Background Patients with advanced gastric or gastro-oesophageal junction cancer refractory to, or intolerant of, two or more previous regimens of chemotherapy have a poor prognosis, and current guidelines do not recommend any specific treatments for these patients. We assessed the efficacy and safety of nivolumab, a fully human IgG4 monoclonal antibody inhibitor of programmed death-1 (PD-1), in patients with advanced gastric or gastro-oesophageal junction cancer who had been previously been treated with two or more chemotherapy regimens. Methods In this randomised, double-blind, placebo-controlled, phase 3 trial done at 49 clinical sites in Japan, South Korea, and Taiwan, eligible patients (aged ≥20 years with unresectable advanced or recurrent gastric or gastro-oesophageal junction cancer refractory to, or intolerant of, standard therapy [including two or more previous chemotherapy regimens], with an Eastern Cooperative Oncology Group [ECOG] performance status of 0–1, and naive to anti-PD-1 therapy or other therapeutic antibodies and pharmacotherapies for the regulation of T cells) were recruited. Patients were randomly assigned (2:1) using an interactive web response system to receive 3 mg/kg nivolumab or placebo intravenously every 2 weeks, stratified by country, ECOG performance status, and number of organs with metastases. Study treatment was continued until progressive disease per investigator assessment or onset of toxicities requiring permanent discontinuation. Patients and investigators were masked to group assignment. The primary endpoint was overall survival in the intention-to-treat population. Safety was analysed in all patients who received at least one dose of study treatment. This study is ongoing but not recruiting new patients, and is registered with ClinicalTrials.gov, number NCT02267343. Findings Between Nov 4, 2014, and Feb 26, 2016, we randomly assigned 493 patients to receive nivolumab (n=330) or placebo (n=163). At the data cutoff (Aug 13, 2016), median follow-up in surviving patients was 8·87 months (IQR 6·57–12·37) in the nivolumab group and 8·59 months (5·65–11·37) in the placebo group. Median overall survival was 5·26 months (95% CI 4·60–6·37) in the nivolumab group and 4·14 months (3·42–4·86) in the placebo group (hazard ratio 0·63, 95% CI 0·51–0·78; p<0·0001). 12-month overall survival rates were 26·2% (95% CI 20·7–32·0) with nivolumab and 10·9% (6·2–17·0) with placebo. Grade 3 or 4 treatment-related adverse events occurred in 34 (10%) of 330 patients who received nivolumab and seven (4%) of 161 patients who received placebo; treatment-related adverse events led to death in five (2%) of 330 patients in the nivolumab group and two (1%) of 161 patients in the placebo group. No new safety signals were observed. Interpretation In this phase 3 study, the survival benefits indicate that nivolumab might be a new treatment option for heavily pretreated patients with advanced gastric or gastro-oesophageal junction cancer. Ongoing trials that include non-Asian patients are investigating nivolumab for advanced gastric or gastro-oesophageal junction cancer in various settings and earlier treatment lines. Funding Ono Pharmaceutical and Bristol-Myers Squibb.
Bibliographical noteFunding Information:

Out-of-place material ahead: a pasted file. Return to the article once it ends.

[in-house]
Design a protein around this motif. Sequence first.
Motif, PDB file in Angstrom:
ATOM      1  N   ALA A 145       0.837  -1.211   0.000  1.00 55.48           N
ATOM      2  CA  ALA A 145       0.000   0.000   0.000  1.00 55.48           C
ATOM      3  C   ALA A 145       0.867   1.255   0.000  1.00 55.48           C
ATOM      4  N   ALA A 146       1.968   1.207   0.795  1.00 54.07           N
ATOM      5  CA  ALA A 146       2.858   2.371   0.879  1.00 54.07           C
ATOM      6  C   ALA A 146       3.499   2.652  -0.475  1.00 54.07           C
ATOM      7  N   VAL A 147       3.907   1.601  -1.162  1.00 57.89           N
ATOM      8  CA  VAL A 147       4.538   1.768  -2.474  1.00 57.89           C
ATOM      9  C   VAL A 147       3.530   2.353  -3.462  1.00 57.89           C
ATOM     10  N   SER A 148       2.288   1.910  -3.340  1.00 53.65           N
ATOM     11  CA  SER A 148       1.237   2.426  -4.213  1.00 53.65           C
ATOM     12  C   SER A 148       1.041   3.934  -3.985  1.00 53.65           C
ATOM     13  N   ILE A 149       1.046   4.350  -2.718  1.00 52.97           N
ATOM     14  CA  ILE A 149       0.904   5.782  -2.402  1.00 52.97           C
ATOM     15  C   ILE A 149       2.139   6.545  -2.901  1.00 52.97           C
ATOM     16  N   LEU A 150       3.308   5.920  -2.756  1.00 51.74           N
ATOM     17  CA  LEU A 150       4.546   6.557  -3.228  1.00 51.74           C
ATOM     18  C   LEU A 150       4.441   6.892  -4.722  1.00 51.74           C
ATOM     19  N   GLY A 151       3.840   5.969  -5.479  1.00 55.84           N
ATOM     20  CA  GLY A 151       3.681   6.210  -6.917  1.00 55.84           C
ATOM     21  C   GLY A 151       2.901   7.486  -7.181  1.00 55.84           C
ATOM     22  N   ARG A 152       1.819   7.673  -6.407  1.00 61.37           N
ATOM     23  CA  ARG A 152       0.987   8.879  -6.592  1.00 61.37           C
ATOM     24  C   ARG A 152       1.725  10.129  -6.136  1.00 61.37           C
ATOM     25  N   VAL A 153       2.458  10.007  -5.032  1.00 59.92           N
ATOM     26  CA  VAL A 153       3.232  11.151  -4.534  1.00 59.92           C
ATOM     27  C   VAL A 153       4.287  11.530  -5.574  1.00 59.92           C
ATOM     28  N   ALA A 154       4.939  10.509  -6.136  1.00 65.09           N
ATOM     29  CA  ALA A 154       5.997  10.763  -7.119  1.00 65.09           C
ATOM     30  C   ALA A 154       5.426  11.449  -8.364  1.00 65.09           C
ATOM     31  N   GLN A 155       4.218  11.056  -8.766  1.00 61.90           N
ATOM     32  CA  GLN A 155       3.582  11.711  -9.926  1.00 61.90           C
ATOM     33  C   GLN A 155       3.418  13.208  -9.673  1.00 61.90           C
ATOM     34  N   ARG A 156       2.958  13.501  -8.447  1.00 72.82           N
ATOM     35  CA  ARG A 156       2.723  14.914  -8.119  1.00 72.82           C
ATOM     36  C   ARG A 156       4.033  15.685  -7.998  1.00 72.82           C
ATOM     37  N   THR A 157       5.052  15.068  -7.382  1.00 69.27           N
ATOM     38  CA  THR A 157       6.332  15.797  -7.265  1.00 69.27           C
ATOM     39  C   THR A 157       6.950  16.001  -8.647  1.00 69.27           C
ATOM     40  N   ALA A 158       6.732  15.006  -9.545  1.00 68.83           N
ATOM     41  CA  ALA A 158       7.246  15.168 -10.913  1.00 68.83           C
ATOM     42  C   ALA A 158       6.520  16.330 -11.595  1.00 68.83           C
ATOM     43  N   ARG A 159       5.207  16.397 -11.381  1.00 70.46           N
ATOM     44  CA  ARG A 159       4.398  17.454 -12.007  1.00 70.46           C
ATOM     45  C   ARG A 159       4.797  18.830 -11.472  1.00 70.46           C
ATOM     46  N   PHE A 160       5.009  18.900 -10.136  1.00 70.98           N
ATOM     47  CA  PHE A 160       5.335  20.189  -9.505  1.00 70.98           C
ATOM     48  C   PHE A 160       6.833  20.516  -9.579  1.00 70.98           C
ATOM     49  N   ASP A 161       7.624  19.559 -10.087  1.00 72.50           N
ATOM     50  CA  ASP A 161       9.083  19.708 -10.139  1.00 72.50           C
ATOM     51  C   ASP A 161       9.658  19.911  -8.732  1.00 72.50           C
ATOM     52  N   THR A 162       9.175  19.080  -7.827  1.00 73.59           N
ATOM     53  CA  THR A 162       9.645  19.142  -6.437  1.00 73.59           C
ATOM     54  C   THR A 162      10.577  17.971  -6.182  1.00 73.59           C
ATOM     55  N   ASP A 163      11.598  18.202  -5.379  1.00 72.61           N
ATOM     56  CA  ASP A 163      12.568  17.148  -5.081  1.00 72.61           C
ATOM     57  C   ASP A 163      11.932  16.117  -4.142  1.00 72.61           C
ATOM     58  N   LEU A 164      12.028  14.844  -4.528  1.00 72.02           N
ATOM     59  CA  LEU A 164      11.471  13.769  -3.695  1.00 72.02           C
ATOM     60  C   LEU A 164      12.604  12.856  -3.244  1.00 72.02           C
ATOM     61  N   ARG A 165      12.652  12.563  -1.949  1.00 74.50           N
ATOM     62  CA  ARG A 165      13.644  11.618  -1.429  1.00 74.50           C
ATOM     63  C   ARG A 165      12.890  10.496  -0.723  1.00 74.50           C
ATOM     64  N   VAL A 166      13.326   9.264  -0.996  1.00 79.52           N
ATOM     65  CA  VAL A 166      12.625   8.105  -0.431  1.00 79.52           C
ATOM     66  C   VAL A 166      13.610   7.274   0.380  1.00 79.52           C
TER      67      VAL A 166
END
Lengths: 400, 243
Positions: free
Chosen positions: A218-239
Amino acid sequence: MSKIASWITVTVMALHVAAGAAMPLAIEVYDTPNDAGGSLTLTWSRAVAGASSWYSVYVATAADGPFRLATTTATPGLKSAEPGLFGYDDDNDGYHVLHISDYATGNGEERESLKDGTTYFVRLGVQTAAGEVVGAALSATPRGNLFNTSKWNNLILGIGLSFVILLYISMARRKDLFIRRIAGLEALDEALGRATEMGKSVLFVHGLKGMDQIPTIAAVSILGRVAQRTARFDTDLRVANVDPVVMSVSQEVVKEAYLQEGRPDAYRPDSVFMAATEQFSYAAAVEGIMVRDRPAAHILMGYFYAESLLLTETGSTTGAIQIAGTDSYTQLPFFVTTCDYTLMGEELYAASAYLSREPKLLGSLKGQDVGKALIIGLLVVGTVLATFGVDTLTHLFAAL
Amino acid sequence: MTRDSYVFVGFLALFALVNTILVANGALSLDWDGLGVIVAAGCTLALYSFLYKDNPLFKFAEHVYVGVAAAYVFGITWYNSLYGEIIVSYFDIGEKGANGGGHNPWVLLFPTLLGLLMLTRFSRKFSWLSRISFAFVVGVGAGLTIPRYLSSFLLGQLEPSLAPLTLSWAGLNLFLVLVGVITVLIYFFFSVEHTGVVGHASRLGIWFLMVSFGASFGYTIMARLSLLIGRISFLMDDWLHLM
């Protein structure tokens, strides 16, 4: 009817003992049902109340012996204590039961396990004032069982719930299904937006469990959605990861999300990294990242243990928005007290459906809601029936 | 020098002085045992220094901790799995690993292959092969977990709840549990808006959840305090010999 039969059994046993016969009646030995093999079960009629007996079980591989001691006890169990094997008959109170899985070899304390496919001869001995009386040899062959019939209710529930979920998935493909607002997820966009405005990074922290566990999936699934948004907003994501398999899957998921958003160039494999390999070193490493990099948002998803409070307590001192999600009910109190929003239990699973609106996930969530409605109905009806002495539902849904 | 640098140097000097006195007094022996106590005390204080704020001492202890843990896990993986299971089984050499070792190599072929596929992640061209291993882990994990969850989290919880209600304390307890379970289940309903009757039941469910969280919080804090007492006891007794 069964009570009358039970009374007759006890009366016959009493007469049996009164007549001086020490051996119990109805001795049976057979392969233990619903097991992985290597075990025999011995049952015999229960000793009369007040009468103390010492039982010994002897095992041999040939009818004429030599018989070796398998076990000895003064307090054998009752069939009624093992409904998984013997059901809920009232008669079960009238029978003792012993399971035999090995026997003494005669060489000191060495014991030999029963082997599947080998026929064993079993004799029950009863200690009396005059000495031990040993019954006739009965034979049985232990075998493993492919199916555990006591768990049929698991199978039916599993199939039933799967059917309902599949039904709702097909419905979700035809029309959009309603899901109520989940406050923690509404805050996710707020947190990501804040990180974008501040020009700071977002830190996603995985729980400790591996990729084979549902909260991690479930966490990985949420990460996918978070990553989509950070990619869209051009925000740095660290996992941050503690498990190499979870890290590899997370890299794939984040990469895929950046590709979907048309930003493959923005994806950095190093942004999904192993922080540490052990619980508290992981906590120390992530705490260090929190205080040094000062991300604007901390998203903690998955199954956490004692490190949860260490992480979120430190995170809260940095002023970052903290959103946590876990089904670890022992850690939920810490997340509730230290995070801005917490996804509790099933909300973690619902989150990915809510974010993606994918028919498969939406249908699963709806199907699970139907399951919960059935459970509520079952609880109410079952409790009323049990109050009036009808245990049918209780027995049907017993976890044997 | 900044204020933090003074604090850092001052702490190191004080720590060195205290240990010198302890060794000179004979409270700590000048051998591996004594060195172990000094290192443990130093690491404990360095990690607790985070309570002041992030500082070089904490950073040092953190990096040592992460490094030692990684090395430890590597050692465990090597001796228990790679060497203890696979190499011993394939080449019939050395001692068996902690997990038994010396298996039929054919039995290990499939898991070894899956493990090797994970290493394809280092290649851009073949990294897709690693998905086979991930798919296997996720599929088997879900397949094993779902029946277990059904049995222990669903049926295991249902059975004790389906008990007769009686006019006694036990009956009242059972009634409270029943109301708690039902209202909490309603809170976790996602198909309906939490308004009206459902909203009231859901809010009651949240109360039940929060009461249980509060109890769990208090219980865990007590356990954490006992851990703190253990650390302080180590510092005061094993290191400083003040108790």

This trial is the first randomised phase 3 study of an immune checkpoint inhibitor in patients with advanced gastric or gastro-oesophageal junction cancer. Patients treated with nivolumab had longer overall survival than patients treated with placebo, with early and durable responses and a manageable safety profile. The HR for survival was 0·63, and the proportion of patients with overall survival in the nivolumab group at 12 months was greater than that in the placebo group. The survival benefit with nivolumab was independent of PD-L1 positivity. The efficacy of nivolumab is of particular note in this heavily pretreated patient population, in whom approximately 80% of patients who were randomly assigned had received three or more previous treatment regimens. Relative to previous data from pivotal phase 3 trials 9,11,13,27 that support current standards of care for patients with chemotherapy-refractory advanced gastric or gastro-oesophageal junction cancer, the results from our trial show a clinically significant survival benefit with nivolumab in a heavily pretreated patient population. Although comparison across trials is limited due to differences in lines of therapy, the enrolled patient population, and treatment type, the HR for overall survival in our trial indicated that nivolumab had greater superiority relative to placebo in heavily pretreated patients compared with the observed survival benefits of second-line chemotherapy, second-line ramucirumab, or third-line apatinib. 9,11,13,27 In this study population of patients who had been heavily pretreated, nivolumab resulted in an absolute survival benefit of 1·1 months in median overall survival over placebo, which is numerically similar to the absolute survival benefits of second-line ramucirumab or chemotherapy. Furthermore, clear separation of the nivolumab and placebo overall survival curves occurred over time that was sustained beyond 1 year, suggesting a durable overall survival benefit with nivolumab. In comparison, data from phase 3 trials 9,11,13,27 of chemotherapy or VEGFR-2–targeting drugs do not show a sustained survival benefit. Our study shows that nivolumab has a statistically significant and clinically meaningful benefit in patients who have been treated with two or more previous lines of chemotherapy. In the planned overall survival analyses, the HR estimates for nivolumab versus placebo were less than 1·0 across across most baseline characteristic subgroups. Similar survival benefits with nivolumab were observed in patients regardless of primary tumour site (gastric vs gastro-oesophageal junction), Lauren classification (diffuse vs intestinal), or PD-L1 positivity (<1% vs ≥1%). Nivolumab had superior overall survival in patients who had been treated with two, three, or four or more lines of previous therapy—most commonly chemotherapy—although the CIs were wide and crossed 1·0 for two and three previous regimens ( figure 3 ). Despite the p interaction value being significant for number of previous regimens × treatment ( appendix ), we did not observe a qualitative interaction when considering the results of the subgroup analysis and interaction analysis. After the start of our study, the anti-angiogenic VEGFR-2–targeting antibody ramucirumab was established as a standard-of-care option in patients with advanced gastric or gastro-oesophageal junction cancer following failure of chemotherapy, and only 11% of patients had previous exposure to ramucirumab in the nivolumab group. An exploratory, post-hoc subgroup analysis of overall survival indicated benefit with nivolumab regardless of previous ramucirumab treatment. These results show that the benefit with nivolumab is observed across most patient subgroups and is present regardless of line of treatment or previous ramucirumab therapy. The safety profile of nivolumab in patients with advanced gastric or gastro-oesophageal junction cancer was manageable and similar to that reported in patients with other advanced solid tumours. 16–19 No new safety signals were observed. The equivalent proportions of patients with all-cause adverse events, all-cause serious adverse events, and treatment-related adverse events leading to treatment discontinuation or death between the two groups suggest that the treatment-related adverse events reported in patients receiving nivolumab could be partly attributed to underlying illness in these heavily pretreated patients. In this study, clear clinical benefits with nivolumab were shown in a heavily pretreated patient population unselected for PD-L1-expressing tumours. Biomarker analyses might help to better indicate which patients are most likely to benefit from nivolumab. Although the collection of tumour samples was challenging in this heavily pretreated population, tumour samples from approximately 40% (n=192) of patients were retrospectively assessed for PD-L1 tumour expression. Exploratory analyses according to PD-L1 positivity in these patients suggest an overall survival benefit regardless of PD-L1 expression status, with HRs for overall survival favouring nivolumab over placebo across PD-L1-positive and PD-L1-negative patient groups. However, caution should be taken when interpreting these results considering the small sample size of the PD-L1-positive subgroup. Additional investigations with these tumour tissues are planned because of the importance of biomarker identification for selecting optimum patients and overcoming resistance. According to The Cancer Genome Atlas (TCGA) research network, molecular subtypes might also represent additional potential predictors of nivolumab response. TCGA has categorised gastric cancer into four molecular subtypes: Epstein-Barr virus-positive, high microsatellite instability, genomically stable, and chromosomally instable. 28 Epstein-Barr virus-positive tumours are associated with high PD-L1 tumour expression, and tumours with high microsatellite instability have been associated with high response rates to immunotherapies in other solid tumours, 28,29 suggesting that these gastric cancer subtypes might be particularly responsive to anti-PD-1 therapy. Tumour mutation burden has also been evaluated as a predictor of response to PD-1 blockade, with patients with higher mutational loads showing a greater likelihood of response. 30 However, TCGA subtypes and tumour mutation burden among patients enrolled in this study are unknown. Differential outcomes have been observed in studies of Asian and non-Asian patients with advanced gastric cancer receiving chemotherapy or VEGF-targeting drugs. 14,31–33 A 2015 retrospective analysis 34 evaluated expression profiles of more than 1000 gastric adenocarcinomas from Asian and non-Asian cohorts. Immune and inflammation signatures were differentially expressed between the two cohorts. Tumours from non-Asian patients were associated with enrichment of tumour-infiltrating T cells and T-cell gene expression signatures, including CTLA-4 signalling. These data suggest that non-Asian patients might have stronger immune signatures than Asian patients, and are likely to have similar, if not better, responses to immuno-oncology drugs. Additionally, available evidence suggests that anti-PD-1 therapies have clinical benefit in non-Asian patients with advanced gastric cancer. In the gastric cohort of the KEYNOTE-12 study, 24 the immune checkpoint inhibitor pembrolizumab had similar clinical benefits in Asian and non-Asian patients with PD-L1–positive advanced gastric or gastro-oesophageal junction cancer. Furthermore, findings from the gastric cohort of the phase 1/2 CheckMate 032 study, 23 which has enrolled patients with advanced gastric, oesophageal, or gastro-oesophageal junction cancer treated with one or more previous chemotherapy regimens in North America and Europe, similarly showed antitumour activity with nivolumab (12% of patients had an objective response; 12-month overall survival of 39%). These data suggest that nivolumab also has clinical benefits in non-Asian patients with advanced gastric or gastro-oesophageal junction cancer. One limitation of our study was the absence of data about patient quality of life. Although patient-reported outcomes on quality of life are not available, the incidence of severe treatment-related adverse events was low and symptomatic adverse events were observed equally in both groups, indicating that these events were likely due to the disease and not study treatment. We speculate that nivolumab toxicities might have little effect on patient quality of life, and its efficacy might contribute to improvements in quality of life. In conclusion, nivolumab is the first immune checkpoint inhibitor to show efficacy in patients with advanced gastric or gastro-oesophageal junction cancer in a large phase 3 study. In heavily pretreated patients for whom no current standard of care therapy is available, nivolumab treatment resulted in clinically meaningful improvements in survival. The proportion of patients who achieved overall survival with nivolumab was greater than that with placebo at 12 months, with early and durable responses to nivolumab observed in some patients. These data indicate that nivolumab could become standard of care for these heavily pretreated patients and support ongoing evaluation of nivolumab in earlier lines of treatment in patients with advanced gastric or gastro-oesophageal junction cancer. Contributors NB, Y-KK, and L-TC conceived and designed the study. All authors gathered the data. Y-KK, NB, and L-TC analysed and interpreted the data. All authors were involved in development, review, and approval of the manuscript. NB, Y-KK, and L-TC were responsible for the final decision to submit for publication. Declaration of interests Y-KK has served as a consultant for Eli Lilly and Company, ImClone, Taiho Pharmaceutical, Daehwa Pharmaceutical, LSK Biopharma, Ono Pharmaceutical, Roche/Genentech, and Novartis; and received grants from Bayer, Novartis, Daehwa Pharmaceutical, LSK Biopharma, and Roche outside of the submitted work. NB received honoraria from Ono Pharmaceutical, Bristol-Myers Squibb, Merck Serono, AstraZeneca, and Chugai Pharmaceutical during the conduct of this study. TS received grants and personal fees from Yakult Honsha, Chugai Pharmaceutical, and Eli Lilly; personal fees from Merck Serono, Bristol-Myers Squibb, Takeda Pharmaceutical, Bayer, Taiho Pharmaceutical, and Takara Bio; and grants from Ono Pharmaceutical, outside the submitted work. KK received grants from Ono Pharmaceutical during the conduct of the study; and received grants from Shionogi, MSD, and Merck Serono, outside the submitted work. J-SC received advisory board and investigator fees from Ono Pharmaceutical during the conduct of this study. KMu received grants from Ono Pharmaceutical, MSD, Daiichi Sankyo, Kyowa Hakko Kirin, Shionogi Pharmaceutical, and Gilead Sciences; and personal fees from Taiho Pharmaceutical, Takeda Pharmaceutical, Chugai Pharmaceutical, Merck Serono, Eli Lilly and Company, and Yakult Honsha, during the conduct of the study. TY received grants and personal fees from Chugai Pharmaceutical, Yakult Honsha, and Taiho Pharmaceutical; and personal fees from Abbott, Eli Lilly, Taiho Pharmaceutical, Ono Pharmaceutical, MSD, Takeda Pharmaceutical, Novartis, Covidien, Johnson and Johnson, Olympus, and Nihon Kayaku, outside the submitted work. TT received grants from Ono Pharmaceutical during the conduct of this study. K-WL's institution (Seoul National University Bundang Hospital) received grants from Ono Pharmaceutical, during the conduct of the study. YH received advisory fees from Ono Pharmaceutical, Sumitomo Dainippon, Chugai Roche, and Taiho Pharmaceutical, outside the submitted work. L-TC received honoraria from Ono Pharmaceutical and Bristol-Myers Squibb during the conduct of this study; received honoraria from Eli Lilly, MSD, PharmaEngine, Merrimack, TTY Biopharm, Syncore, Five Prime, Novartis, and Pfizer, outside the submitted work; and both of his institutions received research funding from Novartis, GlaxoSmithKline, Merck Serono, TTY Biopharm, Syncore, and Polaris, outside the submitted work. M-HR, YC, HCC, WKK, K-HY, SCO, L-YB, JGK, KC, D-YO, KMi, JYC, and MT declare no competing interests. Acknowledgments This study was funded by Ono Pharmaceutical (Osaka, Japan) and Bristol-Myers Squibb (Princeton, NJ, USA). We thank Satoshi Morita (Kyoto University Graduate School of Medicine) and Naokazu Gion (Ono Pharmaceutical) for providing statistical support, the project leader Mitsunobu Tanimoto (Ono Pharmaceutical), the medical director Hironobu Minami (Kobe University Graduate School of Medicine), and the medical monitors Yoshinobu Namba and Yoshinori Hirashima (Ono Pharmaceutical). We thank the the Independent Data Monitoring Committee (Wataru Ichikawa [Showa University Fujigaoka Hospital], Yuichi Ando [Nagoya University Hospital], and Koji Oba [University of Tokyo]) for their role in this trial. We also thank the patients and their families, and the investigators and research staff at all study sites. Editorial assistance was provided by Jonathan Morgan (Chrysalis Medical Communications), and was funded by Bristol-Myers Squibb.